When a beam of light propagates through space, its frontal surface is at right angle to the direction of propagation. We can call it a frontal propagation of light. But when the beam is refracted, then it propagates sideways, meaning that its frontal surface is no longer perpendicular to the direction of propagation. We can call it a sideways propagation of light.

You can imagine these two ways of propagation as follows: imagine two threads stretched across a room, one horizontally, the other diagonally. On each of the threads is hanging a pierced sheet of paper. We are moving the two sheets along the threads so that they are always in a vertical position. In the figure (a) below is represented the frontal propagation, while in the figure (b) the sideways propagation. The sheet in the figure (b) does not have necessarily to be vertical. It only must not be at right angle to the direction of the thread.


When a beam of light is propagating frontally and thereby is diverging, then we can represent it as in the picture below:


In the figure (a) it is shown how this propagation looks like observed en face, while in the figure (b) observed in profile.

When a beam of light is propagating sideways and thereby is diverging, then we can represent it as in the picture below:


This mode of propagation of the light bears the refraction colors. Thereby the yellow-red colors (I call them plus-colors) always appear on the outer side of the “arc”, while the violet-cyan colors (I call them minus-colors) on the inner side of it.

A beam of light after a refraction becomes slanted (figure above). Therefore, one condition for the emergence of the refraction colors is already fulfilled. By the second refraction (as it happens for example on ordinary windows) the slantiness is counteracted, it is cancelled, so the light becomes upright again and continues its normal mode of propagation.

If the two surfaces of a window are not parallel, but slightly non-parallel, then the beam of light is refracted on the first surface and becomes slanted. The second surface counteracts this slantiness, but it cannot cancel it fully, thus the colors emerge.

If the two surfaces are not parallel, as it was the case with the two prisms of crown and flint glass (picture below), then, if a suitable angle of the second prism is chosen, the emergent beam will be refracted with respect to the incident beam, but nonetheless, the beam becomes again fully upright and no colors can appear. Thus we get a refraction without colors. This is called an achromatic doublet.


P.S. When a light beam propagates frontally, then it has a uniform divergence to all sides. But when it becomes refracted, its heretofore uniform divergence becomes non-uniform, namely more intensive in the direction of refraction and less intensive in the opposite direction (figure below). The greater the refraction, the more intensive the divergence.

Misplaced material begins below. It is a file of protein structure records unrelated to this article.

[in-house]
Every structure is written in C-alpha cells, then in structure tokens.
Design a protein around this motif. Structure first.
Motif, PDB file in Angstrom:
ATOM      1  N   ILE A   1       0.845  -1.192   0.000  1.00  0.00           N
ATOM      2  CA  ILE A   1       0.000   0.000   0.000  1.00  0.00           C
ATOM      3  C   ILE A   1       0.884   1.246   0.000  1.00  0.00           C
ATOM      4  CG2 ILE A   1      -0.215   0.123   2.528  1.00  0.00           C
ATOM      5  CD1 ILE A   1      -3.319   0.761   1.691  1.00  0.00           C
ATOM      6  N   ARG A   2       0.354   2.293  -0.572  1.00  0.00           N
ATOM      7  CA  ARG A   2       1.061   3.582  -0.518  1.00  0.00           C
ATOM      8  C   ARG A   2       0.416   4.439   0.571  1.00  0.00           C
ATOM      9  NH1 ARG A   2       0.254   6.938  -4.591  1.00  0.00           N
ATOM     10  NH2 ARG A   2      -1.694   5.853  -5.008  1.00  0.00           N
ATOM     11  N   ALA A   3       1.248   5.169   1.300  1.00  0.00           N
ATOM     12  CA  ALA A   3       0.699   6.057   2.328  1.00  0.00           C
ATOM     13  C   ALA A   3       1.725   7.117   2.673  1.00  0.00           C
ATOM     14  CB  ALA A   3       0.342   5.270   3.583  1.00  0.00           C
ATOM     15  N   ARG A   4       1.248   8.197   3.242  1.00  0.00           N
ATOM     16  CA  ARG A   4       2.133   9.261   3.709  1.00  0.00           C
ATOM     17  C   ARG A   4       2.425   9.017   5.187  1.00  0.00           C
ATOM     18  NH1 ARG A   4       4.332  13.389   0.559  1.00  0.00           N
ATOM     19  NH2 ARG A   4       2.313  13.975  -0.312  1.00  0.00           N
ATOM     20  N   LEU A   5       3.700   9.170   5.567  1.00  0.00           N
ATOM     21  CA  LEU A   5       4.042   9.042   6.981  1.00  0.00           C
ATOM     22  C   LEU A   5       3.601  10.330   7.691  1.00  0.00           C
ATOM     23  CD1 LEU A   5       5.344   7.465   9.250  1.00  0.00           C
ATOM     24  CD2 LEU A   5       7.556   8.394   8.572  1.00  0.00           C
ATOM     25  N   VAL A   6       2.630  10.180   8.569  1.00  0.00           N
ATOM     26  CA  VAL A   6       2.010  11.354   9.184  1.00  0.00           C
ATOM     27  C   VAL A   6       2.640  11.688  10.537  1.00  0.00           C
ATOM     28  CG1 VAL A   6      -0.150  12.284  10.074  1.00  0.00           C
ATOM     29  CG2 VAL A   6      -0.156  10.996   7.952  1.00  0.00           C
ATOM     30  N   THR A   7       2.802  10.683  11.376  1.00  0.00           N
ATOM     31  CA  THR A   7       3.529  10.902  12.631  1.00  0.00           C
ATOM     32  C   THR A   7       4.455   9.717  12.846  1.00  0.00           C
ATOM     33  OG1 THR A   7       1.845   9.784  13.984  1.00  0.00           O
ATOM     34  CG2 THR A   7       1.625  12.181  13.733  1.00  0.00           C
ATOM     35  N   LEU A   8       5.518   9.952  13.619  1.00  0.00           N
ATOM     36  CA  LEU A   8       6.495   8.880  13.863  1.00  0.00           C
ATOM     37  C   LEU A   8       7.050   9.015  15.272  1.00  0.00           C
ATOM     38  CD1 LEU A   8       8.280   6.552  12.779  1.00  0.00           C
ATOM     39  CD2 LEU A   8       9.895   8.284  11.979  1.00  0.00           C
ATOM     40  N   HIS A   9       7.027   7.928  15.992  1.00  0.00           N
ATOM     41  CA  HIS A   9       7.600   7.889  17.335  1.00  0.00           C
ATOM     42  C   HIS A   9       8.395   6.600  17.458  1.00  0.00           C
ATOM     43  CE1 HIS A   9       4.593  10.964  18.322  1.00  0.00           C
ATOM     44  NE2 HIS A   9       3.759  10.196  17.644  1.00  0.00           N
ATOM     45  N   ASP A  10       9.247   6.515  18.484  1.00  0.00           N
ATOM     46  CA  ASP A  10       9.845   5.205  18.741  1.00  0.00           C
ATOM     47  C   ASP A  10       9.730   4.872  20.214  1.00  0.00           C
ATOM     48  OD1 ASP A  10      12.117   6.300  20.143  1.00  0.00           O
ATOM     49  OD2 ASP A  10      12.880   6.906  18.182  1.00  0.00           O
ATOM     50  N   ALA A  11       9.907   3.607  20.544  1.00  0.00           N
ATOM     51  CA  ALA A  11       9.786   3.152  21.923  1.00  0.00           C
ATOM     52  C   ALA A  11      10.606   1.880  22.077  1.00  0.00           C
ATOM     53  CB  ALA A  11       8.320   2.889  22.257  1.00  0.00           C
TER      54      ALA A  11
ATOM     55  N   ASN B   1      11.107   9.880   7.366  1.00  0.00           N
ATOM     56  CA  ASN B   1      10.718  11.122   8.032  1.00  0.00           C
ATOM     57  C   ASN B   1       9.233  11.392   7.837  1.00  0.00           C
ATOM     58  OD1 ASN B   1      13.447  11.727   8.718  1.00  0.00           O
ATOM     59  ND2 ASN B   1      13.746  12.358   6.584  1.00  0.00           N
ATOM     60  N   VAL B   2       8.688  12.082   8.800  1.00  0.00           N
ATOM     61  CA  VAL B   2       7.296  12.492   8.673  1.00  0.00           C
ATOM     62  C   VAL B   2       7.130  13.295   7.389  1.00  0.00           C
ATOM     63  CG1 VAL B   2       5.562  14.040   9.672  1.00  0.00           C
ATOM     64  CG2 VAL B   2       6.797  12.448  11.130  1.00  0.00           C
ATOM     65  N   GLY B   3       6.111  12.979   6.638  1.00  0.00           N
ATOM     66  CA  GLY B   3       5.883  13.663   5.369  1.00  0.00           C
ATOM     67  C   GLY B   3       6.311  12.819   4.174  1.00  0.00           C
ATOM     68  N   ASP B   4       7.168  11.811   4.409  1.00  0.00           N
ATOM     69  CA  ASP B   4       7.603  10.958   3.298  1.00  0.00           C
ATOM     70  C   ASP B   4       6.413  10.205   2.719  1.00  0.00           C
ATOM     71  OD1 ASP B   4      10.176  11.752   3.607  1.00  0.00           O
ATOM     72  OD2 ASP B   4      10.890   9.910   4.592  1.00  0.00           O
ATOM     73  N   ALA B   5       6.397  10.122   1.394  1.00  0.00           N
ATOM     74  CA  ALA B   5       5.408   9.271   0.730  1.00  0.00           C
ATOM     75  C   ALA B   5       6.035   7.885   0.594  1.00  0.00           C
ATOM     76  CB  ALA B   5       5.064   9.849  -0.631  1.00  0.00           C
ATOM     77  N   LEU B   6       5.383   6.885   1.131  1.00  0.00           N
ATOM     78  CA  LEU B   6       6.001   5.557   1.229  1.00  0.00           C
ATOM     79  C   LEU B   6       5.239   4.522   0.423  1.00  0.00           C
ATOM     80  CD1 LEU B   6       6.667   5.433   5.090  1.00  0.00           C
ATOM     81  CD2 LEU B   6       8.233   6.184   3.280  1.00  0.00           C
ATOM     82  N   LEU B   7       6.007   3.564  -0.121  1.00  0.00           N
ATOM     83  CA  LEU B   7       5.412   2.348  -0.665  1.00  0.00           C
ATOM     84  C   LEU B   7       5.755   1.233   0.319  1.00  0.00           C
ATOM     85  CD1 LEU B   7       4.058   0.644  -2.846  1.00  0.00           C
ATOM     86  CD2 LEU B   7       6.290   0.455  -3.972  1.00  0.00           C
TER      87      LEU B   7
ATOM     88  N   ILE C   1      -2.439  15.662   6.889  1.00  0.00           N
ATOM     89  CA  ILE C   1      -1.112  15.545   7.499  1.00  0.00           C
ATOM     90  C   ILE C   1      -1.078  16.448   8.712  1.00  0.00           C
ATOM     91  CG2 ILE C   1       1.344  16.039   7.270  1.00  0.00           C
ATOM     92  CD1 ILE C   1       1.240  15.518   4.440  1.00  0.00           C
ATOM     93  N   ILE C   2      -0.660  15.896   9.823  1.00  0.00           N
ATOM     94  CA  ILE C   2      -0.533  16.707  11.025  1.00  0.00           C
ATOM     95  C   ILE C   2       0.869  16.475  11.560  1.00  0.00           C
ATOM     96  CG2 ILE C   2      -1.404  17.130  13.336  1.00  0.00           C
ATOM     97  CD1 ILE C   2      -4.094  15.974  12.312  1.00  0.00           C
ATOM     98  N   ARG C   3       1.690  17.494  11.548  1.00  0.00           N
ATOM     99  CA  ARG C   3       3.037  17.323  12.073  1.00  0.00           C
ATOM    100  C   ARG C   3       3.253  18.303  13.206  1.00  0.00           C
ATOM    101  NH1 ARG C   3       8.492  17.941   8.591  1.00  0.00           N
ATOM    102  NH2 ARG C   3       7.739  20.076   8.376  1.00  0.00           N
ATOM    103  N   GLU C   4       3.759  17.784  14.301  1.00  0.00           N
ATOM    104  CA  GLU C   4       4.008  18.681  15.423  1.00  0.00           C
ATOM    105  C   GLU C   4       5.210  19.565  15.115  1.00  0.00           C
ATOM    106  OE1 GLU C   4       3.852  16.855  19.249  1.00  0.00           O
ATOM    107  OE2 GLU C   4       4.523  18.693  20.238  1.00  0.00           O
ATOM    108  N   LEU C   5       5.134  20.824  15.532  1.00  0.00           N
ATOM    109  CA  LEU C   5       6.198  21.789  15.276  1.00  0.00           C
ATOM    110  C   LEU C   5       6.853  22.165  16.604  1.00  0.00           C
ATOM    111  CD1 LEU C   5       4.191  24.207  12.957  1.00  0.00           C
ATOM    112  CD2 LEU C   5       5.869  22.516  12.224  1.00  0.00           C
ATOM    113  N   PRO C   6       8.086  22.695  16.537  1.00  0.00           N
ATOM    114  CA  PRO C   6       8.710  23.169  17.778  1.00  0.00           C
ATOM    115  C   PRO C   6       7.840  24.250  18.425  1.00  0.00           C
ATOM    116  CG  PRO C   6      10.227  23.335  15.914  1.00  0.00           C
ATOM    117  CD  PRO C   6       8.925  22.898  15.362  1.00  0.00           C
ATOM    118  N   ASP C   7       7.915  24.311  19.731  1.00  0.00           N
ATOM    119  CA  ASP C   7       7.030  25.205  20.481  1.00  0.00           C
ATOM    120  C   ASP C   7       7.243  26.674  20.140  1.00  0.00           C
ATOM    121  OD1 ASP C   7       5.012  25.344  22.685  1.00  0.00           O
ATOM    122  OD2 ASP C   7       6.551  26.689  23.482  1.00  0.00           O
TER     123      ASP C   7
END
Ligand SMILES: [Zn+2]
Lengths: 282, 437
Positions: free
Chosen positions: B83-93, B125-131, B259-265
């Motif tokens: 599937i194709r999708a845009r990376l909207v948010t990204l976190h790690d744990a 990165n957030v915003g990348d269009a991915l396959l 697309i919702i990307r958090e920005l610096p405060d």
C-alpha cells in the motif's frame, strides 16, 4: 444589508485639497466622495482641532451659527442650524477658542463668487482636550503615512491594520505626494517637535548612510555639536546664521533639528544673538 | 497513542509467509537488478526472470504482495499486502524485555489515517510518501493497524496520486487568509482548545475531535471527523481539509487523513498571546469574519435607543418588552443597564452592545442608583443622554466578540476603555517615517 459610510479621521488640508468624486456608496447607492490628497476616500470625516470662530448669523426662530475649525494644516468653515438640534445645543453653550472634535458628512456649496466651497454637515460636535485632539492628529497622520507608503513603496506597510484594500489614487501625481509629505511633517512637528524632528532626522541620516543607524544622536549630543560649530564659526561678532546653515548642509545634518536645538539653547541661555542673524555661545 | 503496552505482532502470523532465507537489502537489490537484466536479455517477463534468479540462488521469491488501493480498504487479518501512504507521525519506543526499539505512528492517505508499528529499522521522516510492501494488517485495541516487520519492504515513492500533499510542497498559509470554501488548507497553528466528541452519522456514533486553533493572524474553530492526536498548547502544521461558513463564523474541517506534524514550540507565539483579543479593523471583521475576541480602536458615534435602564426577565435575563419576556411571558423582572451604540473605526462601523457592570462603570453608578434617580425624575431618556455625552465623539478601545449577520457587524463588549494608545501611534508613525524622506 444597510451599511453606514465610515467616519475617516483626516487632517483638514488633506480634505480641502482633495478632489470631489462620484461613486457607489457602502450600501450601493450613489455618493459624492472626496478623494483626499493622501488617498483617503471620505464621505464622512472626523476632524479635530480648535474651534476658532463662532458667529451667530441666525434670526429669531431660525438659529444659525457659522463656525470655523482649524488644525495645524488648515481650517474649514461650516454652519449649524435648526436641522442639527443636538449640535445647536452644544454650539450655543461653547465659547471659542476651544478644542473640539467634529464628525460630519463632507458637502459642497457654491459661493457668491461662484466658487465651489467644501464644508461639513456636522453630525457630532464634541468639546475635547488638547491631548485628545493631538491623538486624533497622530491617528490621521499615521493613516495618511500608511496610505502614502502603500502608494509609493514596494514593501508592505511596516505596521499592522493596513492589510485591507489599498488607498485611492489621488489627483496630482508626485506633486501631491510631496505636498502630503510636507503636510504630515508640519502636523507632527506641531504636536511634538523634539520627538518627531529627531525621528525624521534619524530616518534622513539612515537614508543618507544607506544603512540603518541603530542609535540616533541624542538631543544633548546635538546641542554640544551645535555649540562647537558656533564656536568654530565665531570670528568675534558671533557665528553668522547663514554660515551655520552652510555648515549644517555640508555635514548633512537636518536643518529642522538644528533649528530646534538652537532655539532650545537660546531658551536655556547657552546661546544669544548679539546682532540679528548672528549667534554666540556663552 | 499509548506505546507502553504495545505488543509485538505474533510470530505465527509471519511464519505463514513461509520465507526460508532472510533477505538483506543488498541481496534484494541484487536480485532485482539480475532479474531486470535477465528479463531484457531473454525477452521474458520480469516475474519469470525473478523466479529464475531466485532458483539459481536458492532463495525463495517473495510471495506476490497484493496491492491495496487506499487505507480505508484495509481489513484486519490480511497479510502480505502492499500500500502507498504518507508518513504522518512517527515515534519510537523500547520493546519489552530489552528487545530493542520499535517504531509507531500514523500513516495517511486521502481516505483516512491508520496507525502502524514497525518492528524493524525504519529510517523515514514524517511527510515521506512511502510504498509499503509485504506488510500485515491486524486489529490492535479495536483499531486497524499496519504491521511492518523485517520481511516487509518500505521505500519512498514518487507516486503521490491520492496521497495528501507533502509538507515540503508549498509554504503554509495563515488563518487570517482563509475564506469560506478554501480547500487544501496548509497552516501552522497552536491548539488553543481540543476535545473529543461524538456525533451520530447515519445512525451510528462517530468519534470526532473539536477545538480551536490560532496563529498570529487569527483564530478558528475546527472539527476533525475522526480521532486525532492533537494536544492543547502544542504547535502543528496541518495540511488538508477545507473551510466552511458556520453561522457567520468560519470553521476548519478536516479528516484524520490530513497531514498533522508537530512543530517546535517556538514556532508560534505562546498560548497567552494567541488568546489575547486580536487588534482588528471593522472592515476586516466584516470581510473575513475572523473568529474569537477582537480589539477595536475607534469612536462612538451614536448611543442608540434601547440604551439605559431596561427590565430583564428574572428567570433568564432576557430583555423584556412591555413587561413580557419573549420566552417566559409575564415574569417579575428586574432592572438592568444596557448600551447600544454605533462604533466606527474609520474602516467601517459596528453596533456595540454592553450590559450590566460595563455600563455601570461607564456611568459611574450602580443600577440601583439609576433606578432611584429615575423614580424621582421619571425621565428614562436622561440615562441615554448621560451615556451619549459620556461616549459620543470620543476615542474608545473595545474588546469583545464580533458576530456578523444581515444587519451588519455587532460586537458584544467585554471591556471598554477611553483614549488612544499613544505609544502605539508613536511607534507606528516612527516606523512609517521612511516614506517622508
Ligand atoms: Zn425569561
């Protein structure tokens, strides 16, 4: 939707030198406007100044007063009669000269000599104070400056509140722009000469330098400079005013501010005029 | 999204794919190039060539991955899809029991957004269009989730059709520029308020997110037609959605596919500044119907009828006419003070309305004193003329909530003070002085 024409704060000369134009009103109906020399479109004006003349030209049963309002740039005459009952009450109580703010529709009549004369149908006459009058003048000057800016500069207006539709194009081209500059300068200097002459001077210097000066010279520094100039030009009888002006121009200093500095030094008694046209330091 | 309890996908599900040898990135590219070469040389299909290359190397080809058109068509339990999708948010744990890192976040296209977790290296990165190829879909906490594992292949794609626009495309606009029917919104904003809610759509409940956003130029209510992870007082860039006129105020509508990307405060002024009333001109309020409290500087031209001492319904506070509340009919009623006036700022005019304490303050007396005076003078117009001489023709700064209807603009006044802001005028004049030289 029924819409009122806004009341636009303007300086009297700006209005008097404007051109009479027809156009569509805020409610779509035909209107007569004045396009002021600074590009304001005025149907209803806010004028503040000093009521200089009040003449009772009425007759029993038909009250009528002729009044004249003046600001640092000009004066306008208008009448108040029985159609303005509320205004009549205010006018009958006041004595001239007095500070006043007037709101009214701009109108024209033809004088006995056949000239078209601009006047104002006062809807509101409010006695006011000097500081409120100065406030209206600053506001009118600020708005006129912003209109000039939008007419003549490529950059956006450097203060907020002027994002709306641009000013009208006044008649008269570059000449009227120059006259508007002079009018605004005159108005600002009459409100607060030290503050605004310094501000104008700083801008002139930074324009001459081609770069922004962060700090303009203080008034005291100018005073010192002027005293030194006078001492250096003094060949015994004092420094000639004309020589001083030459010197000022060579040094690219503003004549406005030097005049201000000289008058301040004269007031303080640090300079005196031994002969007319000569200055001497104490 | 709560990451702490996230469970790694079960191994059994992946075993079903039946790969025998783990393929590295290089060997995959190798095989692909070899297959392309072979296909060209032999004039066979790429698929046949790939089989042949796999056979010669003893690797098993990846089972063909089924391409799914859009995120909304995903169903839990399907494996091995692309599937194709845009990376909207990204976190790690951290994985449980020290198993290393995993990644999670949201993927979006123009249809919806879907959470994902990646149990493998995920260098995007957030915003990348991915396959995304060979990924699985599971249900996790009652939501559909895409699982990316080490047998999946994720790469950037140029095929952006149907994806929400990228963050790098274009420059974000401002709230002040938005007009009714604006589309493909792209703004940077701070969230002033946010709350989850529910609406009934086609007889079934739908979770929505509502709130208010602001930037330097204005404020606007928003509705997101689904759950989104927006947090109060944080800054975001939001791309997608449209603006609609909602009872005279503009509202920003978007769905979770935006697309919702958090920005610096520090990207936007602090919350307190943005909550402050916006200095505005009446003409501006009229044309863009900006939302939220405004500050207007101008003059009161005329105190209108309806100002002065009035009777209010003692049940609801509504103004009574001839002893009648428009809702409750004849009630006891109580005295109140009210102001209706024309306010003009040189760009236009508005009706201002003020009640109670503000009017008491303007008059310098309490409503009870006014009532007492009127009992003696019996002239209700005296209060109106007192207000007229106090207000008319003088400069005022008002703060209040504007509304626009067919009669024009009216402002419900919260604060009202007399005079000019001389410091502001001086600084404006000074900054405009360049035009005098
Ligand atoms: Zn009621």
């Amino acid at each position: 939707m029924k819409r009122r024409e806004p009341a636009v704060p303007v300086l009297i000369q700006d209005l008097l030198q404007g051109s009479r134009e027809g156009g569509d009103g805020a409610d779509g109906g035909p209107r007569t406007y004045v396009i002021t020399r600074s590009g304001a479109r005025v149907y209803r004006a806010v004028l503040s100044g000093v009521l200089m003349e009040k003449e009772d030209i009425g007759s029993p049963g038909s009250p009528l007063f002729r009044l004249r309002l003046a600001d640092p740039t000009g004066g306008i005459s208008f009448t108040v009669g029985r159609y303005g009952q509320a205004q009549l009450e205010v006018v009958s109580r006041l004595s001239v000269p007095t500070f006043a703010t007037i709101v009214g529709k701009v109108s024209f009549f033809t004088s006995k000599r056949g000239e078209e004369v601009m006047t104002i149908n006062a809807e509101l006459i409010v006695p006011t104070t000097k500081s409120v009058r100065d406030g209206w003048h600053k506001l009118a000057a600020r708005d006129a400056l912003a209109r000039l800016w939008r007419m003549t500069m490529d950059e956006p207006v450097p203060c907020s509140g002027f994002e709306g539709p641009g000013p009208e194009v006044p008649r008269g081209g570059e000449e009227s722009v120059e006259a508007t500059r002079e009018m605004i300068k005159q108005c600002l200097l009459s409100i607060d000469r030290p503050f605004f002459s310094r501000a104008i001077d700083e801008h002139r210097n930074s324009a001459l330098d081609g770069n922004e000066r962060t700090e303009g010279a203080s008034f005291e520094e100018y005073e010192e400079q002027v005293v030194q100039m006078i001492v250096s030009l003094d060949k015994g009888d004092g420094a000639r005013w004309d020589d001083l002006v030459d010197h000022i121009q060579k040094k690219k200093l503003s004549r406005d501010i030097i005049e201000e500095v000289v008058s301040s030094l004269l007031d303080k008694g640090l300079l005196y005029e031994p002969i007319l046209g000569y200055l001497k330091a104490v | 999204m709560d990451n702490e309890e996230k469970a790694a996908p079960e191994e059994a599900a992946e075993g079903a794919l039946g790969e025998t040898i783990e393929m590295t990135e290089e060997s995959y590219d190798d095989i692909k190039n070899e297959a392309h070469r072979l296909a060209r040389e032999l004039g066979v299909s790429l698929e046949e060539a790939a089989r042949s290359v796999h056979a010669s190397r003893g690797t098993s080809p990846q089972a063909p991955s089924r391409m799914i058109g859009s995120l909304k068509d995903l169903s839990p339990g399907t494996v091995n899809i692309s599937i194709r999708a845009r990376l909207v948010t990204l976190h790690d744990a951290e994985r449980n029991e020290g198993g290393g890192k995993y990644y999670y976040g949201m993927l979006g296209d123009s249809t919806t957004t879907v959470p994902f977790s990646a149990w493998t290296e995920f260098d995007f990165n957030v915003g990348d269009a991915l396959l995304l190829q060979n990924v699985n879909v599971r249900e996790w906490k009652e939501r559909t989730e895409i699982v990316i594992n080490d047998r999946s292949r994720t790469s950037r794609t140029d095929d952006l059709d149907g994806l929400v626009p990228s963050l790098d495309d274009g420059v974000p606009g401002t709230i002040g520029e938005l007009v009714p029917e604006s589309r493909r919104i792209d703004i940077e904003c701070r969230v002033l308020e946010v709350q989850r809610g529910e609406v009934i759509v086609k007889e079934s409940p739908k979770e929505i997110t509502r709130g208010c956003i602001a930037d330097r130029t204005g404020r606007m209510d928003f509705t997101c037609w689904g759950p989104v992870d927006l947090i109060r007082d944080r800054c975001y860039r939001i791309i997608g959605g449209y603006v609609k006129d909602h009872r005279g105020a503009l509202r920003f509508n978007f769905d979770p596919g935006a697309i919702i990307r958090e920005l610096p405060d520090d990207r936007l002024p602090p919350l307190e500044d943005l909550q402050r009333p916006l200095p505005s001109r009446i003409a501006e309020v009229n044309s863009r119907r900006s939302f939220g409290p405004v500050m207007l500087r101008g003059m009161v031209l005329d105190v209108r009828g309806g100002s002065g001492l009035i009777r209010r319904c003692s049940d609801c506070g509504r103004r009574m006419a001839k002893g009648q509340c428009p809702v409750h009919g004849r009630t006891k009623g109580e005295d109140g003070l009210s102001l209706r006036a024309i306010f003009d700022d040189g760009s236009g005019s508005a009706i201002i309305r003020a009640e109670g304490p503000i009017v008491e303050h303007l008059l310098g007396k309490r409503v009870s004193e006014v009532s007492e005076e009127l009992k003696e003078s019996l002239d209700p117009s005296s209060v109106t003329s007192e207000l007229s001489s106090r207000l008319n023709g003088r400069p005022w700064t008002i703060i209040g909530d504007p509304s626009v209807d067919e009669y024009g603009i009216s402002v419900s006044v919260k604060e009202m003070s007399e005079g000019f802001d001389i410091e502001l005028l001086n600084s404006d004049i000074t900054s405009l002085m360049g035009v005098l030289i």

The yellow band is wider. In its width manifests itself the greater divergence in the direction of refraction. The red band is less wide. In its width manifests itself the smaller divergence in the opposite direction. The same applies for the violet and for the cyan band respectively.

P.P.S. The principle presented in this answer is applied in the production of the achromatic lenses.
A convex lens can be regarded as a very large number of small prisms arranged in a circle with the refracting angles directed outwards (picture below).


A chromatic lens is a lens produced from only one type of glass and therefore it produces colors. In the diagram below is shown how the colors appear by means of a chromatic convex lens.


The same diagram applies also for an achromatic lens, only the yellow-red and violet-cyan rings are pretty narrower than with a chromatic lens.
The achromatic lenses also produce colors, because it is very hard to make them ideally achromatic.
The phenomenon above is a great evidence that the refraction of the light is not the only condition for the emergence of the refraction colors and that there is no such thing as “frequency of a color”.
By the way, the diagram below, which appears when the so-called “chromatic aberration” is discussed, has nothing to do with the truth.


It is also very indicative about the contemporary theory, that something which is so natural is called with such an ugly word - aberration.

Note: All the images in this answer are not accurate insofar the divergence of the incident beam, also of the beam through the prism, and somewhere also of the emergent beam, is not shown.
Also, the emergence of the colors begins already in the glass, not at the emergent surface.
The reason for these inaccuracies is a greater simplicity of the pictures.

See also:


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Reply Wed 7 Apr, 2021 07:44 am
Apochromatic fluorite FTW!